In the name of the Father and of theSon and of the Holy Spirit.  Amen.

When we hear about deaths, disasters, and tragedies, we often focus on numbers.  In the domestic terrorist attack on the municipal building in Virginia Beach last Friday, the numbers of those killed bore an eerie resemblance to some of the numbers in our First Reading today.  The number of those killed by the attacker was first reported as eleven, then later updated to twelve, not including the killer himself, who was dispatched by the lawful authorities acting to protect others.  The dead will be mourned by families, friends, and colleagues. Their lives will be remembered. The pain of their loss will be felt deeply.  Death and destruction bring pain and sorrow to the survivors. Even the strongest person can be left confounded, gasping, grasping for answers, not knowing what to do.  The people of Virginia Beach will be hurt by those deaths for a long time. Death and pain inflicted by one man.

The actions of one man caused a great deal of pain—even a crisis of faith—among the disciples of Jesus.  The one man, Judas Iscariot, had been numbered among the Twelve, the Apostles appointed by Christ Jesus Himself.  St. Luke’s graphic description of Judas’ gory death may not sit well with some of our modern sensibilities. Some folks have wondered, “Why do we have to have such a graphic description of Judas’ demise?”  Many more have asked, “Why does that incident have to be included in the Sunday readings?” In some churches, those verses are left out of the Reading.  That’s not good. It’s not honest with the content of the Scriptures, and it takes away a clear Law-and-Gospel lesson the Holy Spirit has given for our benefit.

The biblical authors point out the parallelisms between the death of Judas and the death of Jesus, some the same or similar, others antithetical, or opposites, in some way.  Both Judas and Jesus were hanged on a tree, and according to Deuteronomy 21:23, the one hanged on a tree is cursed.  Yet Jesus bore the curse not for His own sin, for He is the Sinless One, but for the sin of the whole world. In a selfish act of self-loathing, Judas kept the curse for his own sin of betraying Jesus to those who arrested Him.  He rejected the grace of Christ for himself. It is the Apostle Peter who speaks of all this, because he knows very well the grief and sorrow of his own threefold denial of Christ—and the relief of Christ’s threefold forgiveness for him.  Though Jesus was sentenced to death through the wicked plots and dealings of sinful men, He was put to death by the lawful, God-ordained authorities. Judas took his own life without proper authority—though the chief priests and elders who told him, “What is that to us?  See to it yourself” (Mt 27:4), were giving Judas a mockery of legal authority, just as they had made a mockery of their cherished law when they put Jesus on trial.

Jesus’ body was pierced, and from His wounded side flowed water and blood, signs of Holy Baptism and the Holy Supper, given for the life and salvation of His Bride, the Church.  Though buried, His body saw no corruption whatsoever. Judas’ body fell and split open, his guts gushing out, signs of the corruption brought by sin. “Judas turned aside to go to his own place,” abandoning his apostolic office forever, while Jesus “was taken up” and “is seated at the right hand of God” (Col 3:1), where He reigns forever as King of kings and Lord of lords for us.  With Judas gone, the Apostles were the Eleven, and so were incomplete in number.  With the election of Matthias by the Lord, they were the Twelve again, complete, equal to the number of the tribes of Israel, over whom Jesus had given the Apostles judgment and authority (Lk 22:30).  With Jesus’ Ascension into heaven and His sitting at the right hand of the throne of God, the Church is not incomplete, missing something. His presence is not incomplete or lacking; rather, His Ascension means that He is even more present with His Church on earth.  We don’t have to go to some locale in the Middle East to find Him.  The Lord Jesus, our God and Savior and King, is here in His Word and in His body and blood, just as He promised to be.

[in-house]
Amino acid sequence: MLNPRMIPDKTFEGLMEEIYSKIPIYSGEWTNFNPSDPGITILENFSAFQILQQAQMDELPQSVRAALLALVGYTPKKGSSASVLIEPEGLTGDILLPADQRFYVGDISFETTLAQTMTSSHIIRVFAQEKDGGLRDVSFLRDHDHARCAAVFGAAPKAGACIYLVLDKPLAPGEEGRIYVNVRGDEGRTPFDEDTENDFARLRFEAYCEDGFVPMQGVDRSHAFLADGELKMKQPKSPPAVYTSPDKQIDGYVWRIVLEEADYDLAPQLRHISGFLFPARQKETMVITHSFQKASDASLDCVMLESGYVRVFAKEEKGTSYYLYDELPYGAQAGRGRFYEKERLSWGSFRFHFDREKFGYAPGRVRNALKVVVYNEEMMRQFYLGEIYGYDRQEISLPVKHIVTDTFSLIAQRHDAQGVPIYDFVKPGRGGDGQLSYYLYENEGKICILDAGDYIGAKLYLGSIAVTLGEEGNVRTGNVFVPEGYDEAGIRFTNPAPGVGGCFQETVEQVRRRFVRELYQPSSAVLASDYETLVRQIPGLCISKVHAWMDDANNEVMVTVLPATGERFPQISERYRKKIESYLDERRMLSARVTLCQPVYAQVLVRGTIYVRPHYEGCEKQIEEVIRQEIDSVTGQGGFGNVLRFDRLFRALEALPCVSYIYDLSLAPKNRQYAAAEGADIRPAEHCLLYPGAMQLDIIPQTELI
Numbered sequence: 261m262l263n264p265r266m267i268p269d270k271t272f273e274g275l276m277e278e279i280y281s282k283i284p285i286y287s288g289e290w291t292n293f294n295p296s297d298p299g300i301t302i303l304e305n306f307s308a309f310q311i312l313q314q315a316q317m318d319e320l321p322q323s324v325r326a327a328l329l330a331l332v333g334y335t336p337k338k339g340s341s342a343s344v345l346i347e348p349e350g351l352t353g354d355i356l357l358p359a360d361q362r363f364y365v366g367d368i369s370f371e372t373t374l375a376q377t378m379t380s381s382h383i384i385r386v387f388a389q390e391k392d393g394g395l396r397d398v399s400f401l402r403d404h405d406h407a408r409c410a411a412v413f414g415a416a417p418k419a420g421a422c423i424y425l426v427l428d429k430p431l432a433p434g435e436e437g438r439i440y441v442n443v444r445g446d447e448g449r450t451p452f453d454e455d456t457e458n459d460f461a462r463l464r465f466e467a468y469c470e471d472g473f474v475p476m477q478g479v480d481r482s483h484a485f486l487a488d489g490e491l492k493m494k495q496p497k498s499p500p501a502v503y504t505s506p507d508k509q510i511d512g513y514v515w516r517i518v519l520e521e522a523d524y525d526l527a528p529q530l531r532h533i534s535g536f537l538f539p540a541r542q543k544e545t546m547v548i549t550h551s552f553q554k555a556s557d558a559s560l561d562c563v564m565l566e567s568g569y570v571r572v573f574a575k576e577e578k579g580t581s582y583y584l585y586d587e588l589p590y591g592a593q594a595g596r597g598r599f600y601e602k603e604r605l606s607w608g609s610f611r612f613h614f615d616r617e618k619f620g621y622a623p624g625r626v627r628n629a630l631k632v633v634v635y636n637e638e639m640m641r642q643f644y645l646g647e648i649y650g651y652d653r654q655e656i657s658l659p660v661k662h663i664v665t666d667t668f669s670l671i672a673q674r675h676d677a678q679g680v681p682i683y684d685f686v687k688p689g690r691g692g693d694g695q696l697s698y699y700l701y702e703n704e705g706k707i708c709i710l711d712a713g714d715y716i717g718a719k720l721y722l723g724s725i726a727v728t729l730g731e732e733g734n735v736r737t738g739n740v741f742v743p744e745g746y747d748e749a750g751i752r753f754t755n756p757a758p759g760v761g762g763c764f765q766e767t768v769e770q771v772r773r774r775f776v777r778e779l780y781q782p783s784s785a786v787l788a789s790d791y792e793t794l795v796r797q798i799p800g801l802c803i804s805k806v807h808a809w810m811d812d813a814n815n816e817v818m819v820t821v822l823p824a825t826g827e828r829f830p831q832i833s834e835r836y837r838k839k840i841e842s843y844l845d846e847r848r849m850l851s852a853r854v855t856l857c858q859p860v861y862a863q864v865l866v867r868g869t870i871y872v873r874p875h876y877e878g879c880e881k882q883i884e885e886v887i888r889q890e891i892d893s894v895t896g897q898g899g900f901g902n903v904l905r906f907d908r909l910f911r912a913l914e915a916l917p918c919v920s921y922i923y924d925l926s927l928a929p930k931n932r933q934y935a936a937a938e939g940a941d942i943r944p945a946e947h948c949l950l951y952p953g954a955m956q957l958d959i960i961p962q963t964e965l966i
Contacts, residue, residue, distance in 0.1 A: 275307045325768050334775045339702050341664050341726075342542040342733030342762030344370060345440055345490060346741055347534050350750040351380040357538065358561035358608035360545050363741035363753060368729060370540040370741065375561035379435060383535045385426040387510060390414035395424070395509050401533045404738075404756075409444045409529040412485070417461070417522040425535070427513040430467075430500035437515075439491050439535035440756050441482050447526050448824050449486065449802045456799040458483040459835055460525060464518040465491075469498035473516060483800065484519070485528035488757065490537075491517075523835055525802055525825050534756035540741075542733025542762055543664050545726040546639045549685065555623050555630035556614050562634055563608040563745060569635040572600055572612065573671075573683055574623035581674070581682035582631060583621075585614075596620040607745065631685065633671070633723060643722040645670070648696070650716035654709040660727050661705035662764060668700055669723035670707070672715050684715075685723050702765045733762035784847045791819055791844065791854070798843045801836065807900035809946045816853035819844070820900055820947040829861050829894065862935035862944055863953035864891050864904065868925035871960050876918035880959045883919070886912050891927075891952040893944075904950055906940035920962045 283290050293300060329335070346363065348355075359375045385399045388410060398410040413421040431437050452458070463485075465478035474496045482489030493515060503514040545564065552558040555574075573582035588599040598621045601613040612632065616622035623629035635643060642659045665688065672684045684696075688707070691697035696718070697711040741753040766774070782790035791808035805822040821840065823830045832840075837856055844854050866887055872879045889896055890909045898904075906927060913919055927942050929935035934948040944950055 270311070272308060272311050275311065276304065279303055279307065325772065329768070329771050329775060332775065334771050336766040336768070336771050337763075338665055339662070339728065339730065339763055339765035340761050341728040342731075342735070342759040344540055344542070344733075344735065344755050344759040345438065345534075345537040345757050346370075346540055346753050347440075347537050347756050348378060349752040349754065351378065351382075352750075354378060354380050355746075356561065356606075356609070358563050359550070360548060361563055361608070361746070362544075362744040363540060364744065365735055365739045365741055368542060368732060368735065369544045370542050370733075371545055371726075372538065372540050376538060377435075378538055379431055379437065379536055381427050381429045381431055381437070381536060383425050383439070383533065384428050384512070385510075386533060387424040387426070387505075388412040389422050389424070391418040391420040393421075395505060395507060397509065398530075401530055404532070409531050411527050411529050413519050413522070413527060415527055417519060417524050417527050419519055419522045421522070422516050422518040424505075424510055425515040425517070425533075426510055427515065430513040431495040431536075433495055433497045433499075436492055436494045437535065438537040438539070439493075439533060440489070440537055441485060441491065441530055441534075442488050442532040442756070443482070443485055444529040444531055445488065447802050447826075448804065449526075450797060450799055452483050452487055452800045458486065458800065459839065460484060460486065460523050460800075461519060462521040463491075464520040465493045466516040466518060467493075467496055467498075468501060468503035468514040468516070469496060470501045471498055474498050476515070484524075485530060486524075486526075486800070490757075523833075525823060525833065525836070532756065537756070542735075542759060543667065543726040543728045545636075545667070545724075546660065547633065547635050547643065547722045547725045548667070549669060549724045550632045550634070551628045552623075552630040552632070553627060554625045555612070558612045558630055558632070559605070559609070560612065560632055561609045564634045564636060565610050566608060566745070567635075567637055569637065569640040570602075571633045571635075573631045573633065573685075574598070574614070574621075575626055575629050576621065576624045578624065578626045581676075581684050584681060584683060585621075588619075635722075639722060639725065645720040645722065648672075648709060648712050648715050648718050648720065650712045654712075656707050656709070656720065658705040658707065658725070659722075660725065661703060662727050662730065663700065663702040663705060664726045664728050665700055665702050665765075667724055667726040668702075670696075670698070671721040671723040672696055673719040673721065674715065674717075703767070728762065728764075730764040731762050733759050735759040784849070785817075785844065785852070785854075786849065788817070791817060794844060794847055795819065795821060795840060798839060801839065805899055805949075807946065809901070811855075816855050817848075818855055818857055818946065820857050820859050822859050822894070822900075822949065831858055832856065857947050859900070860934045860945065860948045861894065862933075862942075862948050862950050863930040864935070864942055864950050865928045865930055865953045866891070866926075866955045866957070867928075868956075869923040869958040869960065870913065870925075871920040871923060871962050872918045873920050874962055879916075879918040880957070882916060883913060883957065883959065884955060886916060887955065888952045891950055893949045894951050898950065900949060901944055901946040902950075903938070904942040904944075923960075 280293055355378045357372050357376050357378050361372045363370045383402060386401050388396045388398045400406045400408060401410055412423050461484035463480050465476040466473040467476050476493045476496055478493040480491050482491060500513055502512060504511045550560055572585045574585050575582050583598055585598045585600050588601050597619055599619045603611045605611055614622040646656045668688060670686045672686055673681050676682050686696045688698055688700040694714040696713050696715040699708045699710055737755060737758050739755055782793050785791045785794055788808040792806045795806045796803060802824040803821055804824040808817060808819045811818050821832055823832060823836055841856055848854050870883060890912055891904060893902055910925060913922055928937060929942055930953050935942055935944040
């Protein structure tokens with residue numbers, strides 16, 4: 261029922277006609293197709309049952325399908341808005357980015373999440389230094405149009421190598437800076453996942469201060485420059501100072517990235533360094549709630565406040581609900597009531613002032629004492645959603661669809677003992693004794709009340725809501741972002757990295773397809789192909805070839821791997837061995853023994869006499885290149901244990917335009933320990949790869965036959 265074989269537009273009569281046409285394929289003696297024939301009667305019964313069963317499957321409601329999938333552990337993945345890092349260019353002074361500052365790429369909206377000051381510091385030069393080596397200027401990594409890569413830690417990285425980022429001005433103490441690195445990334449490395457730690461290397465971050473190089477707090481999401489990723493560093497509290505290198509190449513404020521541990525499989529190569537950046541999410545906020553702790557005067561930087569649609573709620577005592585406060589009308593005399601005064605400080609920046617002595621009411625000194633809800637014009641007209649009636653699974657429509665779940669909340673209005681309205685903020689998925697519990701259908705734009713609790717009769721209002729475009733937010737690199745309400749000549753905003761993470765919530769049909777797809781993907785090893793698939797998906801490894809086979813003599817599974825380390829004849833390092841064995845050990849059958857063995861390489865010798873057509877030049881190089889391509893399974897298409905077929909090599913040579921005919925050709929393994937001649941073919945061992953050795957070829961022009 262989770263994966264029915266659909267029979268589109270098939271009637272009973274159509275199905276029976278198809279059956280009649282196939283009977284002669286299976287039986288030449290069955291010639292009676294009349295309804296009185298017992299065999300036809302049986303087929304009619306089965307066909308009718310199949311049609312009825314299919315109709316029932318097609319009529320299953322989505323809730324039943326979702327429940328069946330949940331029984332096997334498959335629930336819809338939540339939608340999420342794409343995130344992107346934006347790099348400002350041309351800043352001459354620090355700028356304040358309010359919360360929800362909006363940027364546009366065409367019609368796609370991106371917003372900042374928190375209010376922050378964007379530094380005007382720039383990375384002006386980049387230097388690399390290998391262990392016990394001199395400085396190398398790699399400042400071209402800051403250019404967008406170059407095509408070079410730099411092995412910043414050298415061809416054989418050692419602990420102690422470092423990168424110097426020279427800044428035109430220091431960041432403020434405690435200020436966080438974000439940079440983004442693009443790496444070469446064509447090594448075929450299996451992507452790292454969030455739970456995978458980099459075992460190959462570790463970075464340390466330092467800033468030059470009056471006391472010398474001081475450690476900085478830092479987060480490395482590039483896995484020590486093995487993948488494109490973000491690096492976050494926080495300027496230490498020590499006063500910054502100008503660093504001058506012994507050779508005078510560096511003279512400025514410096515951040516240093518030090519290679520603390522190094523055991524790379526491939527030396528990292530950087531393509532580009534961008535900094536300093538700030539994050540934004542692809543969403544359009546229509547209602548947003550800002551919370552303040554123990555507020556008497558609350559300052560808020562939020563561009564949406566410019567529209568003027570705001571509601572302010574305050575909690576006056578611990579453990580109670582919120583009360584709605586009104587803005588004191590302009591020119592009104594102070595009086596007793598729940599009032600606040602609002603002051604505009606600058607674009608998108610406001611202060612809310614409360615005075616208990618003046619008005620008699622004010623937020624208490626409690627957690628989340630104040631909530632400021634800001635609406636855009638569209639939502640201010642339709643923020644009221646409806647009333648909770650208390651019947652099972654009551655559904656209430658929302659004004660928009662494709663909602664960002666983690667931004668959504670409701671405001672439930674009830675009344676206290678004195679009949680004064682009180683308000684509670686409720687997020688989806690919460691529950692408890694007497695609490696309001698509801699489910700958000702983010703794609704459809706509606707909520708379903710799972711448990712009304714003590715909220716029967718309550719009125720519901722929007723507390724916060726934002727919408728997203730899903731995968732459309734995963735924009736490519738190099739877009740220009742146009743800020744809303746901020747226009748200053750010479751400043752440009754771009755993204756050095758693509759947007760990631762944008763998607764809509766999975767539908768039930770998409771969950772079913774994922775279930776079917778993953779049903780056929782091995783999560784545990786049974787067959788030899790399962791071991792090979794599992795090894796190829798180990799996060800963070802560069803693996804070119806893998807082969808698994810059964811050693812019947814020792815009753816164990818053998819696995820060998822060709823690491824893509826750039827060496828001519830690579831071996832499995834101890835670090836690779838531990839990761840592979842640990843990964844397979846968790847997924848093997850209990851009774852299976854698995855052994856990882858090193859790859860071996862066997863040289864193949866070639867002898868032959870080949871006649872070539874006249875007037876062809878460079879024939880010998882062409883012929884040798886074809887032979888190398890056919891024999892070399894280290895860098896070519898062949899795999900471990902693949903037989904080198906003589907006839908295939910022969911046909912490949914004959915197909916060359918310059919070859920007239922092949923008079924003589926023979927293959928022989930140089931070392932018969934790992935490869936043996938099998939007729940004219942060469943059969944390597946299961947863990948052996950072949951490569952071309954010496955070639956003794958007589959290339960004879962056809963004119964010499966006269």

Jesus and Judas, both hanged on a tree, both died, the Betrayed and His betrayer; the Sinless One and a sinner; the Redeemer-King of the world and the one who sold Him for a slave’s price; “the Lover of the pure” (LSB 539, st. 1) and the loather of his own life; the Hope of the world and the man of despair; the selfless Giver of Himself for others and the self-centered taker for himself.  We could go on with more parallels. Our Scripture readings for today give us yet more parallels and lead us to take in and consider the big picture, the scope of salvation history, God’s own story of God the I AM with us and for us.

The tree of the Cross on which Jesus died and the tree on which Judas hanged himself and died—these trees bring to mind the many trees which God the Holy Spirit has planted in Holy Scripture.  The most obvious tree in our readings today is “the tree of life producing twelve fruits, according to each month, and the leaves of the tree unto the healing of the nations” (Rev 2:2). This takes us back to the first appearance of the tree of life, which God had planted in the center of the Garden of Eden, alongside the tree of the knowledge of good and evil, or all knowledge.  The tree of life was given for man to eat, but not the tree of knowledge, for all knowledge belongs to God alone. The action of one man, the first Adam, brought sorrow and sin and death to all. With mankind’s fall into sin after eating from the tree of all knowledge, we have (rightly) been barred from the tree of life. Through His holy prophets, God foretold of another tree He would plant, a great and noble cedar, and that cedar would be Christ Jesus.  Nailed to the tree of the cross, Christ the Crucified has become the new Tree of Life for all who trust in Him, as Stephen Starke’s hymn says. From the fruit so pure and sweet of this Tree we may eat and drink and live forever in the forgiveness of sins. At the same time as the tree of the Cross was the tree of Judas’ hanging, a tree of death. The Field of Blood, Akeldama, bought with Judas’ silver, is a place of bloodguilt and death and poverty.  The Mountain of God, Calvary, Golgotha, Zion, Olivet, this altar, is a place of Christ’s blood for forgiveness and life and the riches of His heavenly kingdom.  All who come here and to this Tree of Life will also have a portion, by God’s grace through faith, in the Tree of Life in the holy city, the New Jerusalem.  For Jesus gives you “the right to the tree of life,” because He is “the Root and Shoot of David,” the Righteous Branch promised for David. To us, His disciples, He says, “I AM the Vine, you are the branches.  Abide in Me, and I in you, that you may bear much fruit. Love one another as I have loved you” (Jn 15).